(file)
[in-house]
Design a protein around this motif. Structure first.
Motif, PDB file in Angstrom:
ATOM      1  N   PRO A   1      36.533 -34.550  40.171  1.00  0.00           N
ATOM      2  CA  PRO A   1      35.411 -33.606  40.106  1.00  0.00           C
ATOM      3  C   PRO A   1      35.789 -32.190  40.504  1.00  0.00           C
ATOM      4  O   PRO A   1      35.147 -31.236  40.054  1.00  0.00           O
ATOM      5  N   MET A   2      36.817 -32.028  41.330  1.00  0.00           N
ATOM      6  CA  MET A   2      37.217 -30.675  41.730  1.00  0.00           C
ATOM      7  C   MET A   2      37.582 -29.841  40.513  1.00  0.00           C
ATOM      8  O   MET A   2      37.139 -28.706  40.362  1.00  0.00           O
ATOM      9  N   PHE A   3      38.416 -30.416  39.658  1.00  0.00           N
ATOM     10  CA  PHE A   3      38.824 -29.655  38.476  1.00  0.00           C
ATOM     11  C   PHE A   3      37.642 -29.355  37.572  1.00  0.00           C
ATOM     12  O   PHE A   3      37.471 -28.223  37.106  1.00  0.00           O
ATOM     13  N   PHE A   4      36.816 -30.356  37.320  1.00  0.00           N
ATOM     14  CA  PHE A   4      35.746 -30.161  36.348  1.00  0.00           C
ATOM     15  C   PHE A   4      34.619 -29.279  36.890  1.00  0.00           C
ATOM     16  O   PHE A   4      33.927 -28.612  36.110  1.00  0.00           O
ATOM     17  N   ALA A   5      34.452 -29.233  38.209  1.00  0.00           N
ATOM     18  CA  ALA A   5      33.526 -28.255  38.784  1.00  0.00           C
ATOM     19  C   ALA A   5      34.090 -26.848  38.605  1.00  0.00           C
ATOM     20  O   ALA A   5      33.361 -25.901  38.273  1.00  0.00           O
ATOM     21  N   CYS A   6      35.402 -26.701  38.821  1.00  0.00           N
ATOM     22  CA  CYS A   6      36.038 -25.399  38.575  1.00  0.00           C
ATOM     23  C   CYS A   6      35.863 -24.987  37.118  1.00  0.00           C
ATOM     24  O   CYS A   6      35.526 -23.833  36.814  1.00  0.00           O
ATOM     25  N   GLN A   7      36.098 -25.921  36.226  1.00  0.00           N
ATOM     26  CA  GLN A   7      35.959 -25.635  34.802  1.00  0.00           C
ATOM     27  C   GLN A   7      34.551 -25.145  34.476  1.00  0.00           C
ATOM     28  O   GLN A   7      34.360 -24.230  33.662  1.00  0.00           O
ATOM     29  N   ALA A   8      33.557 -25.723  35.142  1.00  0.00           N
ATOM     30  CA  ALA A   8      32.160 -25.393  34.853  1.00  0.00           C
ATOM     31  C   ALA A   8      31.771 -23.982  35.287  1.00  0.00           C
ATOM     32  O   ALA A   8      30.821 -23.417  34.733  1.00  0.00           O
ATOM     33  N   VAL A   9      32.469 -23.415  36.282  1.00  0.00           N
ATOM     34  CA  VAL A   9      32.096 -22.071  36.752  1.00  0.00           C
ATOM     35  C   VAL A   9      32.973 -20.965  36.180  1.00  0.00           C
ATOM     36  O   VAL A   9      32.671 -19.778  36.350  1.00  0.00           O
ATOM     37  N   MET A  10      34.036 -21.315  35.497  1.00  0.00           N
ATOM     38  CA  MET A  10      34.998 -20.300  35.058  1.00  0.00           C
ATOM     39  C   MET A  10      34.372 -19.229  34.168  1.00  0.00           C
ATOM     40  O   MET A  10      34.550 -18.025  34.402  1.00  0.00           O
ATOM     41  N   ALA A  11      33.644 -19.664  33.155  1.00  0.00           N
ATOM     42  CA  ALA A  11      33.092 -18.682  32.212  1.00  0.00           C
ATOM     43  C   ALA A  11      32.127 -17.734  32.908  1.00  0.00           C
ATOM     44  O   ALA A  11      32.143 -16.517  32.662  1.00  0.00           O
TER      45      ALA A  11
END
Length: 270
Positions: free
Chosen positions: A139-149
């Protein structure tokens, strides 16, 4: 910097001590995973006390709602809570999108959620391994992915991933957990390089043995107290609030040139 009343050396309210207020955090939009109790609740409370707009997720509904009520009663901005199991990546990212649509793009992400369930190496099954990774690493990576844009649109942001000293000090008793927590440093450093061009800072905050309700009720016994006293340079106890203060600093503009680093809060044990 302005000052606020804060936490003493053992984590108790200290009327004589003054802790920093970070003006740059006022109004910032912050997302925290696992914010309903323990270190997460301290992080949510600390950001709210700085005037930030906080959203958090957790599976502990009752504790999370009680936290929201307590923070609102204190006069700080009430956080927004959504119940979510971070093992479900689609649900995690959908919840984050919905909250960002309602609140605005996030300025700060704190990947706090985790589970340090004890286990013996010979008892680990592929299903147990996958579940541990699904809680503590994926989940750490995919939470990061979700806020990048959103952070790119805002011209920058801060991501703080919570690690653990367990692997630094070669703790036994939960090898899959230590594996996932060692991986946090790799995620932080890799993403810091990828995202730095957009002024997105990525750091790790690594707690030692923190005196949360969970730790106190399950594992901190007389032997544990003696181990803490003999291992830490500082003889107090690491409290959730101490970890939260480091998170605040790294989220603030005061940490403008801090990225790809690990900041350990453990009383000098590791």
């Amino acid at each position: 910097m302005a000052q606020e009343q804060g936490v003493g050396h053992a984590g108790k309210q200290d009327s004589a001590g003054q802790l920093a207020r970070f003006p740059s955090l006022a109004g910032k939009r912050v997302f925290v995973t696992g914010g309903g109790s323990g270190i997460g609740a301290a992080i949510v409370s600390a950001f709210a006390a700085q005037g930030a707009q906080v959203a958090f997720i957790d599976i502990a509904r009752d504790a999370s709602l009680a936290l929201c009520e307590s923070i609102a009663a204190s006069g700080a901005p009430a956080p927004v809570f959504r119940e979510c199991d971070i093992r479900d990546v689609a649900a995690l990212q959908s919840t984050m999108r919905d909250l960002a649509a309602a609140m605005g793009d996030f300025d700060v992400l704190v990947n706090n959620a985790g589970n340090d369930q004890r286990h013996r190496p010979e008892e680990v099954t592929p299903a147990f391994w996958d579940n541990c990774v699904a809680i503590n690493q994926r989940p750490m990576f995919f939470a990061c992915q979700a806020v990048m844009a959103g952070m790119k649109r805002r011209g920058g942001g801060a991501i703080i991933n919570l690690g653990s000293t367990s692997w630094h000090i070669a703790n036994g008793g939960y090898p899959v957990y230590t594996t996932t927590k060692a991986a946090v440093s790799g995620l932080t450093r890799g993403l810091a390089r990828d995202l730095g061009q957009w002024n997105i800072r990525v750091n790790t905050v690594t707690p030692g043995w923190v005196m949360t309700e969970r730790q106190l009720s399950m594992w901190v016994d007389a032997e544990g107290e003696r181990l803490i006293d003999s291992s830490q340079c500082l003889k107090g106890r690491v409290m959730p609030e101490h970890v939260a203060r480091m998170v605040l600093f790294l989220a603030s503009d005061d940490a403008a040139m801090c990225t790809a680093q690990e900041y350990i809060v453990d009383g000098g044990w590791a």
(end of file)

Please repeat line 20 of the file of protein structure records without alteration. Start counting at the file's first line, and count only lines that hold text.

ATOM     17  N   ALA A   5      34.452 -29.233  38.209  1.00  0.00           N